The fate of the proposed Development of Enterprise and Service Hubs (DESH) Act, set to overhaul SEZ rules to turn them into more inclusive economic hubs, is likely to be decided by the new government that comes in after the general elections in the country, sources have said.

“The Commerce Department worked on the draft DESH Bill to incorporate changes suggested by the Finance Ministry and other line ministries affected by it. It was also examining the option of bringing in the new rules through the SEZ  (Amendment) Bill, 2023, which would be a quicker exercise. But it seems time to iron out all the creases before the general elections has run out. It is likely that the matter will now be taken up after the general elections,” an official tracking the matter said.

Finance Minister Nirmala Sitharaman proposed the framing of the DESH Bill in her FY23 Budget speech to make the SEZ policy more attractive for investors. She said the new legislation would cover all large existing and new industrial enclaves to optimally utilise the available infrastructure and enhance competitiveness of exports.  Following the sunset clause setting in on income tax exemption for SEZ developers and units, investors have been losing interest.

“The idea behind the proposed DESH Act was also to shift the focus from exports to creation of manufacturing and services hubs that will cater to domestic market. But there were disagreements between the Commerce Department and the Finance Ministry on tax sops and duty exemptions,” another source said.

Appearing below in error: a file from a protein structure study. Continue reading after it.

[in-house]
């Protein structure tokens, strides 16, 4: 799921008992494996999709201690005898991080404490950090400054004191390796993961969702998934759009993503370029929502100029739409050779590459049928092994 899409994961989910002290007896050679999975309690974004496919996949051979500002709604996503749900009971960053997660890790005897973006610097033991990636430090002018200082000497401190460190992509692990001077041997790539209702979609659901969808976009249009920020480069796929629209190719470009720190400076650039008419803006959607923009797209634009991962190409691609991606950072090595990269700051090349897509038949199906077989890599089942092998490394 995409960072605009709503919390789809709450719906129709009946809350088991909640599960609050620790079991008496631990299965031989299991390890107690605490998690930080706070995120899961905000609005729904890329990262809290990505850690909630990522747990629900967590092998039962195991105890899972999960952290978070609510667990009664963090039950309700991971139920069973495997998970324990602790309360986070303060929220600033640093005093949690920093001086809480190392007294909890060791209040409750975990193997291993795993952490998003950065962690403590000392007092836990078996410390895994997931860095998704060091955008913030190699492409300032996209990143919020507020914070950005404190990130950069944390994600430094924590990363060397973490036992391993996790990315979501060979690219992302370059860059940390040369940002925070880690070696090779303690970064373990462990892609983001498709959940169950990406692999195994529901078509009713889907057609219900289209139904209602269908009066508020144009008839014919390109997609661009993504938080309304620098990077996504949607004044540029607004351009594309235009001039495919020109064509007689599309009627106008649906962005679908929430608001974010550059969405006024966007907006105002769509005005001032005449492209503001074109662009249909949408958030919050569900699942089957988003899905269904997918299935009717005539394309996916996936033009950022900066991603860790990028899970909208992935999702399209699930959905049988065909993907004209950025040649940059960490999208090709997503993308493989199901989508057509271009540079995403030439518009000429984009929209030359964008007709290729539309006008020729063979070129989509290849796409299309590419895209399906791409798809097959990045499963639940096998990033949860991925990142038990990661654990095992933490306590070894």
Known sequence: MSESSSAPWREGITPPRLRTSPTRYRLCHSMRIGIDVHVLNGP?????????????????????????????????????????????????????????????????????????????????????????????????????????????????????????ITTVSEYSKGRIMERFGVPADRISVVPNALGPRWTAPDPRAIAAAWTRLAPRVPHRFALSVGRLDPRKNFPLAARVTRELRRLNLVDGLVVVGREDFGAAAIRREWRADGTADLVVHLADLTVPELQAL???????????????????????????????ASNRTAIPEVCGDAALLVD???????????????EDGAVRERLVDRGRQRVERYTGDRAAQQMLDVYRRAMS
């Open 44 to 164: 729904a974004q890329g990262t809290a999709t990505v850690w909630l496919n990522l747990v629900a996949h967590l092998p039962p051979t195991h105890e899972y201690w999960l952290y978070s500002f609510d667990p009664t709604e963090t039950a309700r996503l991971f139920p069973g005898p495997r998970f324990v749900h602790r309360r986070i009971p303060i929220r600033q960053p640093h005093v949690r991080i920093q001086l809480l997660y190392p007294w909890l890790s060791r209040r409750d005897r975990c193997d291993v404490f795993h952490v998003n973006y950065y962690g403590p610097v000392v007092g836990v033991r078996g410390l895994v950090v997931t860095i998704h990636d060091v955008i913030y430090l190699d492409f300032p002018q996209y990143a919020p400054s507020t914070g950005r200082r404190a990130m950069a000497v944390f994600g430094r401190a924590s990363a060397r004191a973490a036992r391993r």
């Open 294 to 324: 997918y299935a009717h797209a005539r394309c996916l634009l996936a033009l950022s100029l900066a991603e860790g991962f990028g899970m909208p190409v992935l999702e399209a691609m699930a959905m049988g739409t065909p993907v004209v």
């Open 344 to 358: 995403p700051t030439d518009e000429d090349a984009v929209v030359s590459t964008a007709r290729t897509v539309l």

One of the fiscal benefits initially proposed by the Commerce Department but rejected by the Finance Ministry was freezing of the concessional corporate tax rate of 15 per cent for greenfield ventures till 2032.

The Commerce Department had also proposed permitting the sale of SEZ-manufactured products in the domestic market without imposing import duties to bring about parity with non-SEZ units benefitting from zero or reduced import duties through free trade agreements.

Proposals for streamling procedures include auto-renewal of LoAs (letters of approvals), provisions  for conversion of existing industrial estates/parks as development hubs, subject to meeting the required eligibility criteria, provisions for de-notification of development hubs, including partial de-notification of certain floors in services hubs.

These measures lead to ease of entry and exit for businesses, and are intended to enhance ease-of-doing-business in development hubs, officials had said earlier.

The initial proposal also included removal of the Net Foreign Exchange (NFE) clause that required units in SEZs to be net foreign exchange earners by exporting more than they imported.